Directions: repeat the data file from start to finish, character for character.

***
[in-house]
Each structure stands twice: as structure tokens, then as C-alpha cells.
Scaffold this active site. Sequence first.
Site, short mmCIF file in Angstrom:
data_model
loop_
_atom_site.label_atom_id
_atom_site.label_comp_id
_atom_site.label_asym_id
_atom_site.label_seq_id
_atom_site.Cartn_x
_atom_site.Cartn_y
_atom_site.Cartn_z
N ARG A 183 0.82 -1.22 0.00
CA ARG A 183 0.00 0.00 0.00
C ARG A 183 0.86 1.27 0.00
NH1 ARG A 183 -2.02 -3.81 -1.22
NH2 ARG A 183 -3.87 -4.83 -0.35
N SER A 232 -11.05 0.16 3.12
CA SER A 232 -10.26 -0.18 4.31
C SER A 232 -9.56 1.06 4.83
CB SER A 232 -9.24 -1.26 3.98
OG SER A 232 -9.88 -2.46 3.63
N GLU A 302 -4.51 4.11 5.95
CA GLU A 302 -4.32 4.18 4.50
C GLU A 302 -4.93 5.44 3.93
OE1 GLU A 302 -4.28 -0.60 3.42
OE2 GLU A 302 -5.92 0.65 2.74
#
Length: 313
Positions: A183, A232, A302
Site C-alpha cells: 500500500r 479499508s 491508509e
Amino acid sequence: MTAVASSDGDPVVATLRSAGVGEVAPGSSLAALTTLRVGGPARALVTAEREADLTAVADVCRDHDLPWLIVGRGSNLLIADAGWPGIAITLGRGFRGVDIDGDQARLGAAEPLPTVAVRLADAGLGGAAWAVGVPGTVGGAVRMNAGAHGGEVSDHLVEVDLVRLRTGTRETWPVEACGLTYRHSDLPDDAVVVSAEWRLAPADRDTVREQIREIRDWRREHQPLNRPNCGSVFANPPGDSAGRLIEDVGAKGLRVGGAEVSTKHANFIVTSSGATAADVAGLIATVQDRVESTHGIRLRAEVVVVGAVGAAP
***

[in-house]
Each structure stands twice: as structure tokens, then as C-alpha cells.
Scaffold this active site. Sequence first.
Site, short mmCIF file in Angstrom:
data_model
loop_
_atom_site.label_atom_id
_atom_site.label_comp_id
_atom_site.label_asym_id
_atom_site.label_seq_id
_atom_site.Cartn_x
_atom_site.Cartn_y
_atom_site.Cartn_z
N ARG A 183 0.82 -1.22 0.00
CA ARG A 183 0.00 0.00 0.00
C ARG A 183 0.86 1.27 0.00
NH1 ARG A 183 -2.02 -3.81 -1.22
NH2 ARG A 183 -3.87 -4.83 -0.35
N SER A 232 -11.05 0.16 3.12
CA SER A 232 -10.26 -0.18 4.31
C SER A 232 -9.56 1.06 4.83
CB SER A 232 -9.24 -1.26 3.98
OG SER A 232 -9.88 -2.46 3.63
N GLU A 302 -4.51 4.11 5.95
CA GLU A 302 -4.32 4.18 4.50
C GLU A 302 -4.93 5.44 3.93
OE1 GLU A 302 -4.28 -0.60 3.42
OE2 GLU A 302 -5.92 0.65 2.74
#
Length: 313
Positions: A183, A232, A302
Site C-alpha cells: 500500500r 479499508s 491508509e
Amino acid sequence: MTAVASSDGDPVVATLRSAGVGEVAPGSSLAALTTLRVGGPARALVTAEREADLTAVADVCRDHDLPWLIVGRGSNLLIADAGWPGIAITLGRGFRGVDIDGDQARLGAAEPLPTVAVRLADAGLGGAAWAVGVPGTVGGAVRMNAGAHGGEVSDHLVEVDLVRLRTGTRETWPVEACGLTYRHSDLPDDAVVVSAEWRLAPADRDTVREQIREIRDWRREHQPLNRPNCGSVFANPPGDSAGRLIEDVGAKGLRVGGAEVSTKHANFIVTSSGATAADVAGLIATVQDRVESTHGIRLRAEVVVVGAVGAAP